The EIA was approved by the Estonian Consumer Protection and Technical Regulatory Authority on 29 April, clearing the way for the developer to apply for a building permit. “I am pleased that the environmental impact assessment report of the project has been declared compliant and we are on schedule,” said Peep Siitam, CEO of Energiasalv. “The next stage is applying for a building permit, which we want to achieve in the coming months,” he added.
The EIA, which was carried out by local specialized consultancy Skepast & Puhkim OÜ, assessed the environmental impacts of the proposed design of the plant, and the design was prepared by the German engineering consultants Fichtner. The approved EIA report, in conjunction with the plant’s design, is the basis for issuing a building permit for the project, project coordinator Meeli Taveter told H&D. The building permit will in turn define the procurement process, which is expected to be launched this August. Tender documentation is being prepared with Fichtner, with the aim of finding an EPC contractor, although the exact type of contract is still being decided, said Taveter.
In addition to a positive EIA, a life cycle assessment (LCA) of the Paldiski project, which was recently completed by the local consulting company Civitta, demonstrates that the project has a lower carbon footprint compared with alternative power storage solutions. An article giving details of this study appears on our ESG page, see p28. The project, which is to be built at a site near the northern port of Paldiski on the Pakri Peninsula, about 50 km north of the Estonian capital Tallinn, with an initial storage capacity of 6 GWh over 12 hours, is planned to be commissioned by the end of 2029. It will comprise offshore and onshore structures, using the Baltic Sea as an upper reservoir, with an underground reservoir and powerhouse built at a depth of up to 600 m in high strength crystalline bedrock.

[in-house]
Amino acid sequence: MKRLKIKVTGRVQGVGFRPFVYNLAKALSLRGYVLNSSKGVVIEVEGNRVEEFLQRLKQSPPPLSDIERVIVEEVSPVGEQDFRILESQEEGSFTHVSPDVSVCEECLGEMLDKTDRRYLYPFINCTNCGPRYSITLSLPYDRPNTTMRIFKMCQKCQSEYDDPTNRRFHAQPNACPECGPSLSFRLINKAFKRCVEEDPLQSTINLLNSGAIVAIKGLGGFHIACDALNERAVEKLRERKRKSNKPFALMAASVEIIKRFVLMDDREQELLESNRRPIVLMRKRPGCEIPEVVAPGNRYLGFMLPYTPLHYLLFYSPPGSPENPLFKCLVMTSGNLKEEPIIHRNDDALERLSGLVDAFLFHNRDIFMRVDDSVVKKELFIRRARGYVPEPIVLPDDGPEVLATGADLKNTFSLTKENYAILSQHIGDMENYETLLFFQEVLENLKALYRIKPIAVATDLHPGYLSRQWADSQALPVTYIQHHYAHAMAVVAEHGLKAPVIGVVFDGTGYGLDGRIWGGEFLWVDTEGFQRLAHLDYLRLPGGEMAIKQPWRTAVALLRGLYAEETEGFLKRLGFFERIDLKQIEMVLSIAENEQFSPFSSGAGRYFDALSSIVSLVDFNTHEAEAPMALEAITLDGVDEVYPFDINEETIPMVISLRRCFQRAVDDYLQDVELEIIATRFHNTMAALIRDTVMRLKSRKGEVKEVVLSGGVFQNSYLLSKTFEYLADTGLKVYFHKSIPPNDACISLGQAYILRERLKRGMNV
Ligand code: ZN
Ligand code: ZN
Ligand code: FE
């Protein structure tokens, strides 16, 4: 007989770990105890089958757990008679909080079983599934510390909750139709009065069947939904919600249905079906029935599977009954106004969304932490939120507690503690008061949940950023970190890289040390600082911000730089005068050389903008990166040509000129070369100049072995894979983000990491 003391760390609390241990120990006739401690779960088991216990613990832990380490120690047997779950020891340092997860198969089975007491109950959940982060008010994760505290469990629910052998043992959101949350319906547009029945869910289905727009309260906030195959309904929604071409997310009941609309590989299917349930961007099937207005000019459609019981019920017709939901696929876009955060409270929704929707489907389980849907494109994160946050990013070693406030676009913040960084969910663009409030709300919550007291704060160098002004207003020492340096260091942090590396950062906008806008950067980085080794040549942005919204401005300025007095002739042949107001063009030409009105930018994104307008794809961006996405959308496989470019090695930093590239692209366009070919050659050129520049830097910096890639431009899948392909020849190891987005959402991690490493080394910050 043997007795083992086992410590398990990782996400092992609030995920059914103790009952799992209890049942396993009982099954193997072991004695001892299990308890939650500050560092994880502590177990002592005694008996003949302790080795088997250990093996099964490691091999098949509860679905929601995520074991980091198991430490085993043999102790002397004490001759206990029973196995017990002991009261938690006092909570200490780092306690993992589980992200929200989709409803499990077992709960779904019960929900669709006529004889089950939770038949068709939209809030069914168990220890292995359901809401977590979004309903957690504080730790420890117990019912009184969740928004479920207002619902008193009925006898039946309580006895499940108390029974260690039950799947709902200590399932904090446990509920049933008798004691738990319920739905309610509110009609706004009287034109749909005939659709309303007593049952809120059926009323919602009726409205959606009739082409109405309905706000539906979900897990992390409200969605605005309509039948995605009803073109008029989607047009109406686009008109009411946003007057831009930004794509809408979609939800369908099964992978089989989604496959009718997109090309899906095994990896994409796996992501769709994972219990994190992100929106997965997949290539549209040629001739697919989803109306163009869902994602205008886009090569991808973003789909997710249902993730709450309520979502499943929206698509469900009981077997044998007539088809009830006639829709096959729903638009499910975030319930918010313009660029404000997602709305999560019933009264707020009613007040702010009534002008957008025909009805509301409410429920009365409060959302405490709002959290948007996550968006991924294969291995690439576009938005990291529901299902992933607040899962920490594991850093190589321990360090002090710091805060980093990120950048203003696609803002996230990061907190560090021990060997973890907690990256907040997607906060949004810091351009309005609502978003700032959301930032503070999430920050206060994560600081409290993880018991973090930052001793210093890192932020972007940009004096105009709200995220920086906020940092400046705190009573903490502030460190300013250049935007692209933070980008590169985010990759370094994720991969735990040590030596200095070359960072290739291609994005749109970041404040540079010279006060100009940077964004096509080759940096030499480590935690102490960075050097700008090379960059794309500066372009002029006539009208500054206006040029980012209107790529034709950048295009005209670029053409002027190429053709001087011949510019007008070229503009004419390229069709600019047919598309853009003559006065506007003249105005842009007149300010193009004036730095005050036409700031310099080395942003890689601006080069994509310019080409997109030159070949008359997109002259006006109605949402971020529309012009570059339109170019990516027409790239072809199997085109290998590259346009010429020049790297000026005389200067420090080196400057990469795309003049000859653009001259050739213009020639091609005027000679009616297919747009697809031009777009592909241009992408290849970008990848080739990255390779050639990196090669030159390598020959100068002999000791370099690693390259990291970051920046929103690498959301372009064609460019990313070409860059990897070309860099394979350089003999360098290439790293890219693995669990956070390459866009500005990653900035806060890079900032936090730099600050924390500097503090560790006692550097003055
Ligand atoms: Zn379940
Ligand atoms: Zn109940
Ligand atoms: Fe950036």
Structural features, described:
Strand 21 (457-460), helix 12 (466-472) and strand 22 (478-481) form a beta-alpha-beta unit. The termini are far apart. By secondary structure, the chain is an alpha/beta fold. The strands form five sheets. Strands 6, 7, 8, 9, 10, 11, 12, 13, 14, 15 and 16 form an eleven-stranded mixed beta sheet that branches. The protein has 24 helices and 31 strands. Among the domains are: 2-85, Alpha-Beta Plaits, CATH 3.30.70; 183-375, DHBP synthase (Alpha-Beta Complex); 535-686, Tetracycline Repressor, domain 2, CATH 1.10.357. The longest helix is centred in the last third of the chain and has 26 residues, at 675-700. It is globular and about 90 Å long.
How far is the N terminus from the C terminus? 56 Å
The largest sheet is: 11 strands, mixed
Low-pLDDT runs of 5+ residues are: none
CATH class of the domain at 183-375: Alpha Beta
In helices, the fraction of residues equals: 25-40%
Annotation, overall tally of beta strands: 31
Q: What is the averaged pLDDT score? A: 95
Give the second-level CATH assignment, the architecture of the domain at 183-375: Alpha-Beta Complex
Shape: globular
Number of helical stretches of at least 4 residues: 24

The intake structure will be built offshore on an artificial island which will be created using excavated material. The underground structure, as planned in the first phase, will have a total volume of 5.5 ×106 m3, comprising a lower reservoir, the powerhouse, transformer hall and operational areas. The powerhouse, at a depth of 730 m, is designed to be equipped with three 174 MW Francis turbines, so around 520 MW in total.
Full details of the project are given in a paper published in H&D Issue 2, 2021.